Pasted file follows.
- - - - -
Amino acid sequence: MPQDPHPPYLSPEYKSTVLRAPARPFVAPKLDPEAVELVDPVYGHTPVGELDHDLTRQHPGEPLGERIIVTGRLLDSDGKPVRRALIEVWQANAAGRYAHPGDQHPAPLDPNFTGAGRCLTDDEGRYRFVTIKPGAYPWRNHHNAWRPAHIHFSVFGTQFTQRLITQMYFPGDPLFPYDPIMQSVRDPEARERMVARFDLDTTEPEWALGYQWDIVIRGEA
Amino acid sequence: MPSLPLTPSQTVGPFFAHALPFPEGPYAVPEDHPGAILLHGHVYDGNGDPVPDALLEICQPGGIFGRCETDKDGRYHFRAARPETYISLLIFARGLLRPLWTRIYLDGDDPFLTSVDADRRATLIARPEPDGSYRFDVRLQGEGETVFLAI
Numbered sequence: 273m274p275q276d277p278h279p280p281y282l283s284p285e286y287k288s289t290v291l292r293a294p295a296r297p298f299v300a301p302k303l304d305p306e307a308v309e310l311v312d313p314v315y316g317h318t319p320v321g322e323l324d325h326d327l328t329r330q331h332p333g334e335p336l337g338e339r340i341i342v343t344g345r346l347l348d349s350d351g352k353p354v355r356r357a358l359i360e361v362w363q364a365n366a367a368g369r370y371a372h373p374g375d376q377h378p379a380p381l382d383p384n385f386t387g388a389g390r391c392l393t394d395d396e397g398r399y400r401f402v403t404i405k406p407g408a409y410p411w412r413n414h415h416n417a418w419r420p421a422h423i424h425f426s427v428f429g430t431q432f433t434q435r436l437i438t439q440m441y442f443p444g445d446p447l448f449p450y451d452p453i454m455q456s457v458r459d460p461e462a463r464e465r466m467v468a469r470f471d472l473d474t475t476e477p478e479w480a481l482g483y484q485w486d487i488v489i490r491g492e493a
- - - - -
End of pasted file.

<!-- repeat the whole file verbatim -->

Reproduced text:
Amino acid sequence: MPQDPHPPYLSPEYKSTVLRAPARPFVAPKLDPEAVELVDPVYGHTPVGELDHDLTRQHPGEPLGERIIVTGRLLDSDGKPVRRALIEVWQANAAGRYAHPGDQHPAPLDPNFTGAGRCLTDDEGRYRFVTIKPGAYPWRNHHNAWRPAHIHFSVFGTQFTQRLITQMYFPGDPLFPYDPIMQSVRDPEARERMVARFDLDTTEPEWALGYQWDIVIRGEA
Amino acid sequence: MPSLPLTPSQTVGPFFAHALPFPEGPYAVPEDHPGAILLHGHVYDGNGDPVPDALLEICQPGGIFGRCETDKDGRYHFRAARPETYISLLIFARGLLRPLWTRIYLDGDDPFLTSVDADRRATLIARPEPDGSYRFDVRLQGEGETVFLAI
Numbered sequence: 273m274p275q276d277p278h279p280p281y282l283s284p285e286y287k288s289t290v291l292r293a294p295a296r297p298f299v300a301p302k303l304d305p306e307a308v309e310l311v312d313p314v315y316g317h318t319p320v321g322e323l324d325h326d327l328t329r330q331h332p333g334e335p336l337g338e339r340i341i342v343t344g345r346l347l348d349s350d351g352k353p354v355r356r357a358l359i360e361v362w363q364a365n366a367a368g369r370y371a372h373p374g375d376q377h378p379a380p381l382d383p384n385f386t387g388a389g390r391c392l393t394d395d396e397g398r399y400r401f402v403t404i405k406p407g408a409y410p411w412r413n414h415h416n417a418w419r420p421a422h423i424h425f426s427v428f429g430t431q432f433t434q435r436l437i438t439q440m441y442f443p444g445d446p447l448f449p450y451d452p453i454m455q456s457v458r459d460p461e462a463r464e465r466m467v468a469r470f471d472l473d474t475t476e477p478e479w480a481l482g483y484q485w486d487i488v489i490r491g492e493a